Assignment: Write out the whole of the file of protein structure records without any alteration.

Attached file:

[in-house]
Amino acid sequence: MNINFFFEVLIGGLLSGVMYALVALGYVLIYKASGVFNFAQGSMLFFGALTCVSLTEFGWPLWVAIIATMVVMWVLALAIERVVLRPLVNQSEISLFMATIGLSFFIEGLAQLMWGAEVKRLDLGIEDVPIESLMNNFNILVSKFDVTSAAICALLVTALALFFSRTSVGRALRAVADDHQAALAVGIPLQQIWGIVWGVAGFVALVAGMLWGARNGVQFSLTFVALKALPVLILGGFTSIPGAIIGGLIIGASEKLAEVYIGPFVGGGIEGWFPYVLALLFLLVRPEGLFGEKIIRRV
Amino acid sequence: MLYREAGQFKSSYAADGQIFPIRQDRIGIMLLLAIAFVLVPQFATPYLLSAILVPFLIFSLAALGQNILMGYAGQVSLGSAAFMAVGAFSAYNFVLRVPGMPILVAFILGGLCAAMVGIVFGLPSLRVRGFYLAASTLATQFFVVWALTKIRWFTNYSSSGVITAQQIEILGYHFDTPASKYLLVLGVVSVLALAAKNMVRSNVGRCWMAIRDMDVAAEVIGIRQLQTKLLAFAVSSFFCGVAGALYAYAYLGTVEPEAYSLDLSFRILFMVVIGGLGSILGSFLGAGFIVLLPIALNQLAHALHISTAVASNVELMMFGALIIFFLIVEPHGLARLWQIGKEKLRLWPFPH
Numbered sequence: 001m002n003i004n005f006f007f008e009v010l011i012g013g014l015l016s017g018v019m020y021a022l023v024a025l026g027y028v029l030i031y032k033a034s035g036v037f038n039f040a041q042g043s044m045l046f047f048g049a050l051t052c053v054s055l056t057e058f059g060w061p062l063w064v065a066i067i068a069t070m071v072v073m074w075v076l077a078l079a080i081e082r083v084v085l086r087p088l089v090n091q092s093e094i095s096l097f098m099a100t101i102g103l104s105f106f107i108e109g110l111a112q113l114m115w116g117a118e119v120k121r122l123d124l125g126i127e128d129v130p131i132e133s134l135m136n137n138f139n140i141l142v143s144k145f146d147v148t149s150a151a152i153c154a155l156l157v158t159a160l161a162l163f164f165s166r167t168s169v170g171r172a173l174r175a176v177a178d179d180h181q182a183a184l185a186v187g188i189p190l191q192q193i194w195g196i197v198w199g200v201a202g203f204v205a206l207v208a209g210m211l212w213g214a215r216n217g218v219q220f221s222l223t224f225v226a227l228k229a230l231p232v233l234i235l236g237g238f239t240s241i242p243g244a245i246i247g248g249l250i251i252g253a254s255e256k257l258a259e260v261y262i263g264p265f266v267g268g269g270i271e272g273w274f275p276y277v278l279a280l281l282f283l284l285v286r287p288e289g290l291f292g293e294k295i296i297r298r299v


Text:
[in-house]
Amino acid sequence: MNINFFFEVLIGGLLSGVMYALVALGYVLIYKASGVFNFAQGSMLFFGALTCVSLTEFGWPLWVAIIATMVVMWVLALAIERVVLRPLVNQSEISLFMATIGLSFFIEGLAQLMWGAEVKRLDLGIEDVPIESLMNNFNILVSKFDVTSAAICALLVTALALFFSRTSVGRALRAVADDHQAALAVGIPLQQIWGIVWGVAGFVALVAGMLWGARNGVQFSLTFVALKALPVLILGGFTSIPGAIIGGLIIGASEKLAEVYIGPFVGGGIEGWFPYVLALLFLLVRPEGLFGEKIIRRV
Amino acid sequence: MLYREAGQFKSSYAADGQIFPIRQDRIGIMLLLAIAFVLVPQFATPYLLSAILVPFLIFSLAALGQNILMGYAGQVSLGSAAFMAVGAFSAYNFVLRVPGMPILVAFILGGLCAAMVGIVFGLPSLRVRGFYLAASTLATQFFVVWALTKIRWFTNYSSSGVITAQQIEILGYHFDTPASKYLLVLGVVSVLALAAKNMVRSNVGRCWMAIRDMDVAAEVIGIRQLQTKLLAFAVSSFFCGVAGALYAYAYLGTVEPEAYSLDLSFRILFMVVIGGLGSILGSFLGAGFIVLLPIALNQLAHALHISTAVASNVELMMFGALIIFFLIVEPHGLARLWQIGKEKLRLWPFPH
Numbered sequence: 001m002n003i004n005f006f007f008e009v010l011i012g013g014l015l016s017g018v019m020y021a022l023v024a025l026g027y028v029l030i031y032k033a034s035g036v037f038n039f040a041q042g043s044m045l046f047f048g049a050l051t052c053v054s055l056t057e058f059g060w061p062l063w064v065a066i067i068a069t070m071v072v073m074w075v076l077a078l079a080i081e082r083v084v085l086r087p088l089v090n091q092s093e094i095s096l097f098m099a100t101i102g103l104s105f106f107i108e109g110l111a112q113l114m115w116g117a118e119v120k121r122l123d124l125g126i127e128d129v130p131i132e133s134l135m136n137n138f139n140i141l142v143s144k145f146d147v148t149s150a151a152i153c154a155l156l157v158t159a160l161a162l163f164f165s166r167t168s169v170g171r172a173l174r175a176v177a178d179d180h181q182a183a184l185a186v187g188i189p190l191q192q193i194w195g196i197v198w199g200v201a202g203f204v205a206l207v208a209g210m211l212w213g214a215r216n217g218v219q220f221s222l223t224f225v226a227l228k229a230l231p232v233l234i235l236g237g238f239t240s241i242p243g244a245i246i247g248g249l250i251i252g253a254s255e256k257l258a259e260v261y262i263g264p265f266v267g268g269g270i271e272g273w274f275p276y277v278l279a280l281l282f283l284l285v286r287p288e289g290l291f292g293e294k295i296i297r298r299v